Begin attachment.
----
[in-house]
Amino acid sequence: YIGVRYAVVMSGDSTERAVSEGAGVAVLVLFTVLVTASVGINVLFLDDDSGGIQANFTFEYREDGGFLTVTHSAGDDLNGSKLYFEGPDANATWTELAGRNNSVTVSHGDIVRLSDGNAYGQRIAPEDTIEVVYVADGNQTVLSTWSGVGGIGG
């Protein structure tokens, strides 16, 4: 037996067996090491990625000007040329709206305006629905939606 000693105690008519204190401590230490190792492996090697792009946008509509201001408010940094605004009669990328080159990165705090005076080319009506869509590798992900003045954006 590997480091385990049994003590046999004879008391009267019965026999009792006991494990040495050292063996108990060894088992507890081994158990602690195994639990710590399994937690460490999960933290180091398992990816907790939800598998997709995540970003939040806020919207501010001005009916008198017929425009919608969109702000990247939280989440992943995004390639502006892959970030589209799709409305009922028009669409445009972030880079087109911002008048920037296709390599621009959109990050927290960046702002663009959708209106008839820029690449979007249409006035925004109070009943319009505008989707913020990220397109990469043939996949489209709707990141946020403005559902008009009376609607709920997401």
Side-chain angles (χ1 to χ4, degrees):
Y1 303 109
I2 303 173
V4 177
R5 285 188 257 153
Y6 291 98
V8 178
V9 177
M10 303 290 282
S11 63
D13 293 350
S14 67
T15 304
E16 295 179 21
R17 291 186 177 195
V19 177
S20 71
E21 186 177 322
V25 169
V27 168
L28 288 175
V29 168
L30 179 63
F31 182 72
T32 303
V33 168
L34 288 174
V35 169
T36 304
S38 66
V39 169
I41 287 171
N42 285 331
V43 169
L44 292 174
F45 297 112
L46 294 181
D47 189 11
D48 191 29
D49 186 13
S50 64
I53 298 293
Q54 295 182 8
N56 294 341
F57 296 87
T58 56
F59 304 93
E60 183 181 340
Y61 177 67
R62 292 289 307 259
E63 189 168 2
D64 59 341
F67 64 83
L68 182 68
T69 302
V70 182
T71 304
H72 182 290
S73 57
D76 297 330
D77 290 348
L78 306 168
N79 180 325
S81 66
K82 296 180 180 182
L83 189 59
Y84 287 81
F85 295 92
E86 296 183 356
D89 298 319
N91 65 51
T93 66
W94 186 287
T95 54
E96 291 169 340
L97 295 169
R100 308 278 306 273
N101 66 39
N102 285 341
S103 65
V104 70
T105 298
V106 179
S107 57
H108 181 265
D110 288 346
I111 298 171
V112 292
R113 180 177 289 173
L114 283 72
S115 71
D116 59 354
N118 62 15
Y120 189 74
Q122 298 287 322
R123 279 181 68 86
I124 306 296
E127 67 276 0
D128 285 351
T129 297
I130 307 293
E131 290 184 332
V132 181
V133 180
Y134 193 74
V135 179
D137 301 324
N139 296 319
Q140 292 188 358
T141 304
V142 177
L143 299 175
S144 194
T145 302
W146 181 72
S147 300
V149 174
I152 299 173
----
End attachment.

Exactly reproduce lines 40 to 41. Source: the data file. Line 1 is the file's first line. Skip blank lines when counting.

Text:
L46 294 181
D47 189 11